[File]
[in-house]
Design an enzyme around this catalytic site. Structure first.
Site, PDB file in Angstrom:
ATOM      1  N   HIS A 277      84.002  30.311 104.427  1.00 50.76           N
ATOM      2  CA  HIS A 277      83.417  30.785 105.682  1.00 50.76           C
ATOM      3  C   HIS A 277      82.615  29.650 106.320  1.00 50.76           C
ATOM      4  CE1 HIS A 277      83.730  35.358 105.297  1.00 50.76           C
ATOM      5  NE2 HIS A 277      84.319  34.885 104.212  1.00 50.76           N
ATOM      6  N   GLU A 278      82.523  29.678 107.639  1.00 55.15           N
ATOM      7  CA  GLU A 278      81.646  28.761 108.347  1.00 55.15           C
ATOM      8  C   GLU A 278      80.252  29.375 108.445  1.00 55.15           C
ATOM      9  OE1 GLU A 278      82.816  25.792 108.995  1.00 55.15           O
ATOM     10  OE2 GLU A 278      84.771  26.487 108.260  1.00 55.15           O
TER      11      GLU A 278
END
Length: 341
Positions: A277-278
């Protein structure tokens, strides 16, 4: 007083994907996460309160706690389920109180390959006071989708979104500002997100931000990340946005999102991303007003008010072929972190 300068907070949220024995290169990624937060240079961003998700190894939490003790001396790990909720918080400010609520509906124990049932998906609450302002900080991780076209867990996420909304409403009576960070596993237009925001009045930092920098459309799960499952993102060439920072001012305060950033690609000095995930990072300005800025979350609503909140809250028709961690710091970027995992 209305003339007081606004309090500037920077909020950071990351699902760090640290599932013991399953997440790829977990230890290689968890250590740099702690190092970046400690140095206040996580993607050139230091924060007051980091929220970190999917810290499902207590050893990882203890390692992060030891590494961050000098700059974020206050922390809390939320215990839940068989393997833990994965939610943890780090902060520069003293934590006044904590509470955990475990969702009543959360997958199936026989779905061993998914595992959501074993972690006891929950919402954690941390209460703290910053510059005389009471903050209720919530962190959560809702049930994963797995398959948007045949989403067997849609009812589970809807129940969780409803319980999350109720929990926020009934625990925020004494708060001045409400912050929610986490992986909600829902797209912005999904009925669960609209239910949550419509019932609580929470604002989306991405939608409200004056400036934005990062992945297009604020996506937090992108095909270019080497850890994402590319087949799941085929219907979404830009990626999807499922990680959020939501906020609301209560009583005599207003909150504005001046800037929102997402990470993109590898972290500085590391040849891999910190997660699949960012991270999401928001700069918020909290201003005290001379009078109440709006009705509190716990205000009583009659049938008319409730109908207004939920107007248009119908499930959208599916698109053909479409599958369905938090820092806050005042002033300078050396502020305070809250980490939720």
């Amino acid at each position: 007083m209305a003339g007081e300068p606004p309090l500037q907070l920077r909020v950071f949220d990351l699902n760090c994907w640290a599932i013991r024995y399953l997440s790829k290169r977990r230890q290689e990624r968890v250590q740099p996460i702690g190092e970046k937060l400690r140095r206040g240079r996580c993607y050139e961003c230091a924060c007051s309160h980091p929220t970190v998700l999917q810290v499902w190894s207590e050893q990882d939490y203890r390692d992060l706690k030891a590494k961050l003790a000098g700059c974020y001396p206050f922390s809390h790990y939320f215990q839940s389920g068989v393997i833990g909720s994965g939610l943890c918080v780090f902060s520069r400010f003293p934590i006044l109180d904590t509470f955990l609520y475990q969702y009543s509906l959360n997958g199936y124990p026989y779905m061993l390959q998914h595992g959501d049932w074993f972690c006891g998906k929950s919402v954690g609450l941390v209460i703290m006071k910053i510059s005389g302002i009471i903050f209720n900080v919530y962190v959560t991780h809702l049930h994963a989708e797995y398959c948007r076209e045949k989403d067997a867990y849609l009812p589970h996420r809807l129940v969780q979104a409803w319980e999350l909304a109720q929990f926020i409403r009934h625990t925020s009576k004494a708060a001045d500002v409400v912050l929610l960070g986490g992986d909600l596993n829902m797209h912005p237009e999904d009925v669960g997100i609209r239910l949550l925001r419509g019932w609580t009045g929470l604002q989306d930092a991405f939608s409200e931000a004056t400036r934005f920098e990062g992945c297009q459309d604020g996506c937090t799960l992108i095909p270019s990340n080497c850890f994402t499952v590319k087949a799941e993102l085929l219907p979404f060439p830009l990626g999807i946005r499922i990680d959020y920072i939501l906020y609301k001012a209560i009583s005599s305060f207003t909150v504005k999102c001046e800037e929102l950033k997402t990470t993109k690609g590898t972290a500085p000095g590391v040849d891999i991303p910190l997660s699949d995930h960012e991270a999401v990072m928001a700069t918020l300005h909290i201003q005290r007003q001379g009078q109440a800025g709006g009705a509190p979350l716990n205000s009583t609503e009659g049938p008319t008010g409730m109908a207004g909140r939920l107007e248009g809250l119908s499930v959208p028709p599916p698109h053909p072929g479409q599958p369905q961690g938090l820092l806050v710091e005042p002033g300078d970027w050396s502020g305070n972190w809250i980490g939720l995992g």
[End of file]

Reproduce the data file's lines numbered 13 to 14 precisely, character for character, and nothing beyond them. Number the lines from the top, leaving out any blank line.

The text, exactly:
ATOM     10  OE2 GLU A 278      84.771  26.487 108.260  1.00 55.15           O
TER      11      GLU A 278